Out On the California Coast

I left Bandon and headed down the coast bound for the California Redwoods. When I was in junior high my family went on a vacation driving down the coast, and I remember stopping to see the strange and massive trees along the way. While I don’t remember exactly where we stopped, I’m fairly certain it was at the Trees of Mystery. The name may have eluded me, but I certainly remember the 49-foot-tall talking Paul Bunyan statue out front, with matching Babe the Blue Ox. I pulled over to take some photos, and an eight-year-old boy was talking to the giant statue.Jaden and the Ox

“What’s your name little boy?”

“Jaden!”

“David?”

“No,” he laughs. What a silly mistake to make. “Jaden! J-A-D-E-N!”

“Jaden, my mistake.”

“Does your bull talk?”

“It’s an ox, and no he doesn’t.”

“Have you ever been to Canada?”

“I did once, but I didn’t much care for it. They talk funny up there.” The adults all laugh.

“What does your bull eat?”

“It’s an ox.”

“Can I ride your bull?”

“It’s an ox. And no you can’t.”

This went on for several more minutes, and included more repetitions of the dry statement “It’s an ox” before Jaden’s mother intervened to suggest to him that perhaps someone else would like to talk to Paul Bunyan for a while.

I went to check out the Trees of Mystery ticket prices. While the idea of reliving my old family trip was intriguing, the prospect of doing it alone wasn’t. Neither was the prospect of being around that many screaming children, or paying $15 to do so. Besides, I didn’t have reservations at the campground I wanted to stay at, and since it would only be my second attempt at camping I wanted to be sure I had a spot in plenty of time.

Big tree towards the sunI got to the Elk Praire Campground around 3PM, and picked out my spot (as it turns out, the spot across from me was never filled, so I could have arrived at any point and still gotten a site). Elk Praire is great, because despite being a fully developed campground, you’re surrounded by huge old trees and all the trappings of the forest. There was even a small, slow-flowing creek right by my tent.

With so much of the day left, I decided to go on a hike through the surrounding trees. There are many hikes around Praire Creek Redwoods State Park, ranging drastically in length and difficulty. I knew I didn’t want to go too far, and I knew that I was most interested in seeing the biggest, oldest trees I could. So I picked a three mile hike called the Cathedral Trees Trail, which seemed to fit my qualifications. I drove over to the trailhead and filled my backpack with some light hiking gear: water, a few snacks, a sweater, camera, small journal for notes, and a whistle. The whistle is for safety, since I’m hiking alone. For those interested in doing anything similar, keep in mind that your whistle should be on your body, not in your bag. The times in which you’ll really need it are the times when you might not be able to reach your bag.

The trailhead for the Cathedral Trees Trail is at the home of what’s known as “Big Tree.” It’s absolutely huge, and anywhere from 1500 to 2000 years old. I overheard the ranger explaining that they can’t know for sure, since tree rings aren’t reliable on very old trees due to breakage, internal rot, and new growth. I snapped a few photos and headed off on the trail.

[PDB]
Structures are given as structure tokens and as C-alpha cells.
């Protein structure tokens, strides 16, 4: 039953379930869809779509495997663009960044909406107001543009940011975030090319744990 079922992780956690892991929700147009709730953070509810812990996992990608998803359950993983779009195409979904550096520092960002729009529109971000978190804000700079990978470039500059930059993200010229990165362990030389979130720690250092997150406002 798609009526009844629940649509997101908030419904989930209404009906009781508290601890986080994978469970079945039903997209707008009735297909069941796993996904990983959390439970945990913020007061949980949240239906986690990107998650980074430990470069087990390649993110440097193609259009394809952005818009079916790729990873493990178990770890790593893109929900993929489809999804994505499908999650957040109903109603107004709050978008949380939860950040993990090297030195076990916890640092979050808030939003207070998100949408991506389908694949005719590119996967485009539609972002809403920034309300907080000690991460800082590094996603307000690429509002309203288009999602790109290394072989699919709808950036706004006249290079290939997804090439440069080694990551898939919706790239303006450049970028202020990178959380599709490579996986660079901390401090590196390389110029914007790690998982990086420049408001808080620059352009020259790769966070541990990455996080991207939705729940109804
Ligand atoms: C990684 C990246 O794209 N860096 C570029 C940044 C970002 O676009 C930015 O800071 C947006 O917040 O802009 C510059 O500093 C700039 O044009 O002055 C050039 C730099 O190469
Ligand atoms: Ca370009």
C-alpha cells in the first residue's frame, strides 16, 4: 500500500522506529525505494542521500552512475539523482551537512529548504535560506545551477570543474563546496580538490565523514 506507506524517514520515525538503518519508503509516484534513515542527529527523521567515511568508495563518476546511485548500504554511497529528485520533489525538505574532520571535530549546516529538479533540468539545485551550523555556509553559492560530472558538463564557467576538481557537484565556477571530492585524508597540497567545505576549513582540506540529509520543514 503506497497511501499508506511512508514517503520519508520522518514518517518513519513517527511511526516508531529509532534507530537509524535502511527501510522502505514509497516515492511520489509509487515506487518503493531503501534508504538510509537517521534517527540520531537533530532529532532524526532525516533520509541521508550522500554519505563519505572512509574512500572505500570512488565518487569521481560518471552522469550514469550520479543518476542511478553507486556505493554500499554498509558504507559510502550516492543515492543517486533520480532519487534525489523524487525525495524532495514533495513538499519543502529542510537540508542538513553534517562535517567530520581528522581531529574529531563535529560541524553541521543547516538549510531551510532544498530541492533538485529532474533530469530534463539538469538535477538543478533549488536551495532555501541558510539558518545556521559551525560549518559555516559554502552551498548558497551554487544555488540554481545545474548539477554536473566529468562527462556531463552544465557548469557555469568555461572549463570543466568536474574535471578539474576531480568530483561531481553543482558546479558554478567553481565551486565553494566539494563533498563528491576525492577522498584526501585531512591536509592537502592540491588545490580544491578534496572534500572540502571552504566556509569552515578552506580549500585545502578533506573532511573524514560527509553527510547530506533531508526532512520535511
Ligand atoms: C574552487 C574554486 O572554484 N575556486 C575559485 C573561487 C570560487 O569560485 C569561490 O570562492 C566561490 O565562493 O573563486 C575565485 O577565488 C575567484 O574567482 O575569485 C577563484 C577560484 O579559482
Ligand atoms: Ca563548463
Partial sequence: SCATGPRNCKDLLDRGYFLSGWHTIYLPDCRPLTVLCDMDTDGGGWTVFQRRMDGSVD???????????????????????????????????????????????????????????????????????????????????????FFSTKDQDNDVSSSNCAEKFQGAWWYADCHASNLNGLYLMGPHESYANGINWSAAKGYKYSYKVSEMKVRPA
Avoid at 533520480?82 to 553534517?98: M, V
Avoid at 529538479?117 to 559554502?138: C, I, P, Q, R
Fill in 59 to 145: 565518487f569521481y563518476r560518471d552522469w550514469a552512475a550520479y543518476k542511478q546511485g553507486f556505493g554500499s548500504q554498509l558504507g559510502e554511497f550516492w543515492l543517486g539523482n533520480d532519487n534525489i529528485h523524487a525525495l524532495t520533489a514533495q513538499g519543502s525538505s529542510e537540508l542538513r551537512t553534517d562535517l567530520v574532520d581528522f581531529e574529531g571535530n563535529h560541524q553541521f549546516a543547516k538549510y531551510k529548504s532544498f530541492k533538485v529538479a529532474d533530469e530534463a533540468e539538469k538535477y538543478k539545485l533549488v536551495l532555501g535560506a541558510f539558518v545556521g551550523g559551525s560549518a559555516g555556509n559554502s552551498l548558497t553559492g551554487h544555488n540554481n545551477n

Me and the Big TreeThe forest was beautiful and serene. You can hear the trees creaking under their own weight. The park is so large and there are so many trails, it doesn’t matter how crowded it is, you still won’t see many people. I was hiking for two hours and only saw four people on the trail.

I got back to camp to find a large high school group had taken up residence not far from me. Nothing makes a person want to have children less than being forced to be around other people’s kids on vacation.  It’s difficult to keep your tranquil reverence for the beauty of the forest over the sound of screaming 16-year-olds. At least my campfire was a success.

Latourell Falls

On the advice of National Geographic, I decided to spend the bulk of my waterfall time with Latourell Falls rather than the much more known (and crowded) Multnomah Falls. Latourell is in a state park right on the Historic Columbia River Highway in Northern Oregon. You can see the falls from the overlook in the parking lot, where I snapped a few photos and took a look at the park map and information.

The lower falls photo spot was listed at 0.3 miles up, and the upper falls at 0.8 miles. I figured I could do 0.8 easy (because I forgot the whole “uphill” aspect), and started up the trail. As I went up, the trail got muddier. At one point a small stream of water was going right across the path and I had to choose my steps carefully to avoid soaking my shoes. The area was idyllic and green. I can’t think of a better time to use the word lush. I could hear the water to my right the whole time, and I could sense the drop off on the side of the trail. I thought there would be a great view soon, once I got to a spot where the trees thinned out.

I let my thoughts wander, I hopped over a downed tree, and I got thirsty. I began to regret not bringing my water, but it seemed like such a short hike and it wasn’t even hot out. After a while I noticed that the rushing water sound was coming from a creek, and I realized I must have passed the top of the falls. I remembered the upper falls having a bridge the went right over the water, so I figured it must go over the creek. I couldn’t be far.

As I kept going my eyes would catch flashes of the creek just 20 or 30 feet below. I started to get tired, and the lushness was losing it’s charm. While the trees were beautiful, they were also thick, and I had no idea how far I’d gone. I hadn’t looked at the time when I set out. Had I been very smart, I would have remembered that my camera tracks the time photos are taken and I could use the pictures I took from the base of the falls to know that I’d been walking for more than half an hour, but that brilliant idea wouldn’t come to me until much later.